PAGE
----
One of the primary benefits of in-home veterinary care is that it is less stressful for most pets than going to a traditional vet’s office. This doesn’t, however, necessarily mean that the experience is entirely stress-free - especially for cats.

If you have a cat who tends to be skittish around strangers or doesn’t particularly enjoy being handled, having us come to your home to perform an exam can still be a bit frightening or overwhelming for your feline friend. To ensure that the appointment goes as smoothly as possible for everyone, keep these tips in mind.

Scheduling Your Cat’s Appointment

Schedule your cat’s appointment as far in advance as possible. While this isn’t possible in emergency situations, there is no reason to wait until the last minute to schedule a routine appointment. Scheduling early makes it easier to secure a time that works well for your cat. If your finicky feline tends to be friendlier in the morning, schedule a morning appointment. If he or she is more of a love bug later in the afternoon, schedule the appointment during that time. It will be much less stressful for your cat if we visit at a time when they are feeling open to attention.

Be as specific as possible about why your pet needs to be seen. We will use this information to determine if your cat needs urine, fecal, or blood testing. If such tests are needed, we will let you know what you need to do to prepare before my arrival.

If you expect that your cat will be aggressive or especially difficult to work with, please let us know so we can plan appropriately.

The Day of the Appointment

Try to keep the day of kitty’s appointment as stress-free as possible. Consider spraying a pheromone product - such as Feliway - in your cat’s environment to help keep stress at bay. Determine where in your home we will be performing the exam, and make sure there is a clean surface - such as a table or countertop - and plenty of light.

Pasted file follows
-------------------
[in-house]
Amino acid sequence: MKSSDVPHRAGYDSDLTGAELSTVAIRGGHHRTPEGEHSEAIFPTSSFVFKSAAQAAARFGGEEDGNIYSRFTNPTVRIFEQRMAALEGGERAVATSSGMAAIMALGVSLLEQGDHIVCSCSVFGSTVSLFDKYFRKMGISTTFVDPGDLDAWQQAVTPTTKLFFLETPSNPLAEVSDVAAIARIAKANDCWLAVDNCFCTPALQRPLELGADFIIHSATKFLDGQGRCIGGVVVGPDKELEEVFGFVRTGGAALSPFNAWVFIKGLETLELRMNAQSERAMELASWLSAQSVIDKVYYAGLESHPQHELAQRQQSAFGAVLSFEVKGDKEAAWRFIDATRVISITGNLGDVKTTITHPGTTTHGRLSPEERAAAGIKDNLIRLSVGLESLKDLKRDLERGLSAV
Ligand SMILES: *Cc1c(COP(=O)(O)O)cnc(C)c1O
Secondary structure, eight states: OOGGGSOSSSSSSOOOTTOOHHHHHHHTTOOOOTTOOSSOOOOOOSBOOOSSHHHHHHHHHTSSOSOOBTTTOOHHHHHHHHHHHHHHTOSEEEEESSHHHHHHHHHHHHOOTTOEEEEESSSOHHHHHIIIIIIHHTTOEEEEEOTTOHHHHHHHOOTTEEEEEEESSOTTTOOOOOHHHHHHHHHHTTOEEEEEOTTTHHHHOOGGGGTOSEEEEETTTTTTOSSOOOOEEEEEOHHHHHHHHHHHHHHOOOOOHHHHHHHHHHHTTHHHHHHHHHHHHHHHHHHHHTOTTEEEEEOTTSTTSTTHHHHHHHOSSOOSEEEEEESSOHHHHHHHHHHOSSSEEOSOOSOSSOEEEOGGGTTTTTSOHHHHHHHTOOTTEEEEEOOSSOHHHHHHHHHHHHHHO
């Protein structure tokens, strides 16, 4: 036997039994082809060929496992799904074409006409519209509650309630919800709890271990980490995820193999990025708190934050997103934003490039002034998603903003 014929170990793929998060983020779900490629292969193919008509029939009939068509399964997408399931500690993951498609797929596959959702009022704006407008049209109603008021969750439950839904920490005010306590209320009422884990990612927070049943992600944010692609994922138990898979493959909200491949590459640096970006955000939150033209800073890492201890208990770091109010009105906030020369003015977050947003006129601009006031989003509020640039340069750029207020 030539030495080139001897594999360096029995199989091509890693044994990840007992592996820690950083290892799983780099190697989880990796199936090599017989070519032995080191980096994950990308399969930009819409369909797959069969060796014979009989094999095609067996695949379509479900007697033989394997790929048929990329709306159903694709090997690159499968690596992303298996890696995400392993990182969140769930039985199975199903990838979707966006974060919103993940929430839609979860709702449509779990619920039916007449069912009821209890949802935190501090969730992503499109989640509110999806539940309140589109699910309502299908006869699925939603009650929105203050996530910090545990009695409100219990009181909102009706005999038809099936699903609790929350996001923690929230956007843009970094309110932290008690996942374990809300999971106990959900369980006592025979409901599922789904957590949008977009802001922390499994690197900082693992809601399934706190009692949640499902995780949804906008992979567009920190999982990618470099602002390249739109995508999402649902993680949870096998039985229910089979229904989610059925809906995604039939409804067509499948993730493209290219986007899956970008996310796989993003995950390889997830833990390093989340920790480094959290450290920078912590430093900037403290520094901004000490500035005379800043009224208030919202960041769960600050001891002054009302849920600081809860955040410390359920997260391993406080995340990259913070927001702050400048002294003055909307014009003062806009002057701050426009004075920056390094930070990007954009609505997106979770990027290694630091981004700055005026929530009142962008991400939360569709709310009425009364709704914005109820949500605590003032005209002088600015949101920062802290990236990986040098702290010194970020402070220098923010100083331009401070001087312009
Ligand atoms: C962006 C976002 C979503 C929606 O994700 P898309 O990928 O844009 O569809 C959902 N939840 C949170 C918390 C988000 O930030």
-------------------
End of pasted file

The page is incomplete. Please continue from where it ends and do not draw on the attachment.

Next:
Thirty minutes or so before the appointment, place your cat in a secure area, preferably the same area where you plan on having him or her examined. If you need to place them in a crate, give them a blanket or a shirt with your scent on it to help them feel more secure. If you are able to secure them in a small room without a crate, make sure there is nothing that they can hide inside, underneath, etc. Having to remove your cat from a cupboard or pull them out from under a bed immediately before their exam is a certain way to increase their stress level and make the appointment more difficult for everyone involved.

Keep the area as calm and quiet as possible. Turn off televisions, stereos, etc., and consider dimming the lights until we arrive. Do not allow other pets or young children into the area as they can increase stress levels.

During the Appointment

In some cases, in-home veterinary care is less stressful for cats when their owner is not in the room. If you are not present, your cat will be more likely to bond with us rather than looking to you for help. While you may want to stay and comfort your feline friend, doing so could have the opposite effect.

Keep in mind that animals can pick up on our energy, too. If you are stressed out, your cat will likely be able to sense this and become stressed themself. For the sake of your kitty’s well-being, try your best to keep your emotions in check.